An Organizational Culture of Quality

John R. Brumsted, M.D. is the President and Chief Executive Officer of Fletcher Allen Health Care and Fletcher Allen Partners.

John R. Brumsted, M.D. is the President and Chief Executive Officer of Fletcher Allen Health Care and Fletcher Allen Partners.

My thinking about Fletcher Allen’s culture of quality was spurred by the Tenth Annual Quality Forum in early April, which highlighted the quality of the work we do and how we strive every day to improve.  An essential element of our organizational culture is that most of us come to work every day with the goal, the desire, to do better today what we did very, very well yesterday—to continuously improve the quality of our services and strive for high reliability in everything we do.

Back in the late 1970s at what was then called the Medical Center Hospital of Vermont (MCHV), quality was relegated to the “Quality Assurance Department” and was the purview of a very few individuals, led by Dean Lea, who was dedicated to improving how health care was delivered.  The quality group expanded in 1982 when one of my mentors, Dr. Phil Mead, was named Hospital Epidemiologist and began the quest to reduce hospital infections.  Shortly thereafter, another dedicated and skilled individual came into the mix, Carol Haraden, who brought significant expertise with a PhD in systems and the evolving field of continuous process improvement (CPI).  I became acquainted with the group in those years of my early residency through Dr. Mead and was always impressed with their dedication to improvement and their accomplishments, despite being very isolated from the mainstream of clinical activities.

In the mid- to late 1980s, two very important national organizations were formed—University HealthSystem Consortium (UHC) and the Institute for Healthcare Improvement (IHI).  MCHV and our quality staff were instrumental in the early work of both organizations.  When IHI was formally launched by Dr. Don Berwick and incorporated in 1991, we were among the initial charter members.  Subsequently, Carol Haraden left MCHV and spent the remainder of her career as a senior leader of that organization.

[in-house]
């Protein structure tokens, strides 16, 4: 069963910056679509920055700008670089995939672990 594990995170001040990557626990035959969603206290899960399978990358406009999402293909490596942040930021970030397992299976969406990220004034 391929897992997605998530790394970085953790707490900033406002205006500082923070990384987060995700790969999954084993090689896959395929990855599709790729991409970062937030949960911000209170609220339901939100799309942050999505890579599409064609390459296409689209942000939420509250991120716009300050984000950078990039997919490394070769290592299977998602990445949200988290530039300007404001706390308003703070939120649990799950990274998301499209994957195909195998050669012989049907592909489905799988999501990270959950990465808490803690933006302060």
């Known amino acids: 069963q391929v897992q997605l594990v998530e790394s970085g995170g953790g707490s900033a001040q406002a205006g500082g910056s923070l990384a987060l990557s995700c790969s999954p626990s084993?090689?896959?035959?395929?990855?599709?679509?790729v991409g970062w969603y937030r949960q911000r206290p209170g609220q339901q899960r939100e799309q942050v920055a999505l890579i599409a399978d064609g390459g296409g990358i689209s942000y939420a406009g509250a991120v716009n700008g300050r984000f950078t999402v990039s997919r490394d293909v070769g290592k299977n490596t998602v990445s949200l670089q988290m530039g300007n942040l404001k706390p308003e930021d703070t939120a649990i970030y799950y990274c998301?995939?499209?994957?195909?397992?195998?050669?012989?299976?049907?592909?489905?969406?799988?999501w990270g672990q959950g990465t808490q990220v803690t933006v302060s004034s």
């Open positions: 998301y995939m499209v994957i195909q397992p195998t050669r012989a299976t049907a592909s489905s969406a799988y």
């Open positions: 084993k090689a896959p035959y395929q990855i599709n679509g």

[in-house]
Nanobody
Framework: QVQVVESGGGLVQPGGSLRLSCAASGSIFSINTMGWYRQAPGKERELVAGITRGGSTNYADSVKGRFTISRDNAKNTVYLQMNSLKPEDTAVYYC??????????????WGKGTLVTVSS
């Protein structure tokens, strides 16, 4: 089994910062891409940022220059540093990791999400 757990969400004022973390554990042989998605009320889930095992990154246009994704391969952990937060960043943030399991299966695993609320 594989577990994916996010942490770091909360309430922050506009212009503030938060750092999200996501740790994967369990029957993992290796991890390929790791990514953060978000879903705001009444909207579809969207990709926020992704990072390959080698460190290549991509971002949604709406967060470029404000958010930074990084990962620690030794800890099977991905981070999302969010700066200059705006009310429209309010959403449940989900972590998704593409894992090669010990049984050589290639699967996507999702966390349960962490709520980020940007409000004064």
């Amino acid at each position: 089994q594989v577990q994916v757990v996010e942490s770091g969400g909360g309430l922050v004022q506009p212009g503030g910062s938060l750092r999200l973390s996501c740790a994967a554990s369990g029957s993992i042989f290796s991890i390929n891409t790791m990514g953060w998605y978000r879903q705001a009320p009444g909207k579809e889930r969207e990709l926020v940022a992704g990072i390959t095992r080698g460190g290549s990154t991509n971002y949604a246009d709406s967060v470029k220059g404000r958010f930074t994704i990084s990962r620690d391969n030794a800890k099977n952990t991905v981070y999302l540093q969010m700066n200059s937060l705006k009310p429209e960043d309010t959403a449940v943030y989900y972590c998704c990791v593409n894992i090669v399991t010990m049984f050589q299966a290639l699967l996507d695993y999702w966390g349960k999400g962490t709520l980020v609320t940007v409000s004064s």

Through the intervening years, our focus and dedication to quality continued to develop.  In 2004, with the insightful leadership of Dr. Steve Shackford, Dr. Mindy Estes as well as Anna Noonan, the Quality Institute was formed.  This brought resources from throughout the organization dedicated to quality assurance and process improvement into one structure.  The position of Chief Quality Officer (CQO) was established at the most senior level, and we were among the very first health care organizations to have such a position.  I was honored to be named Fletcher Allen’s second CQO.  In 2006, the Quality Institute was formally named for retiring Vermont Senator James Jeffords, who had dedicated much of his career to legislation to improve health care access, quality and safety.

Over the course of this history, an amazing transformation happened.  Quality was no longer the job of a dedicated few in a cluttered office in the basement of the Adams Building.  Providing the highest quality health care to every patient every time became the ORGANIZATION’s responsibility, an institutional priority.  Today, every one of us at Fletcher Allen feels this accountability.  The focus on quality, process improvement and the drive for high reliability has become an essential element of our culture.

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6 Responses to An Organizational Culture of Quality

  1. kpc1959 says:

    And, I am honored to be a part of the Jeffords Institute for Quality here at FAHC!

  2. mike sullivan says:

    I worked for over 25 years for Fletcher Allen and I was a cancer patient there, going to work each day while receiving radiation and chemotherapy. I learned a few things. First: excellent medical care can be had at Fletcher Allen. Second: management is poor at best. I was laid off twice. The first time was during the West Hudson fiasco. The second time was just after my fight with cancer and I had been diagnosed with Major Depressive Disorder, had approval for “full spectrum lighting” from the Fletcher Allen ADA committee and yet I had to argue and complain for months, after this approval, before full spectrum lighting was installed in my cubicle. For a reward I was laid off with the chief reason being that I was argumentative, and with my complaints about being denied full spectrum lighting specifically cited in a “letter of understanding” placed in my file. The best thing about Fletcher Allen is the pension I am now receiving from the original MCHV pension plan.

    • Thank you for the kind words about our medical care. We appreciate that. We’re sorry to hear that you are discouraged about other matters. We are unable to discuss these due to Human Resources confidentiality rules.

  3. My mother-in-law works as a nurse at Fletcher Allen, and it sounds like an amazing place to work! If you’re looking for more process improvement people, I would love the opportunity to chat, as we’ll be moving into the area very soon! Great work on setting up and maintaining a culture of CPI!

  4. barefoot doctor says:

    Too much patting ourselves on the back instead of patient-centered critical thinking: FOR EXAMPLE (as if we couldn’t see this coming): just because we CAN do it doesn’t mean we should –

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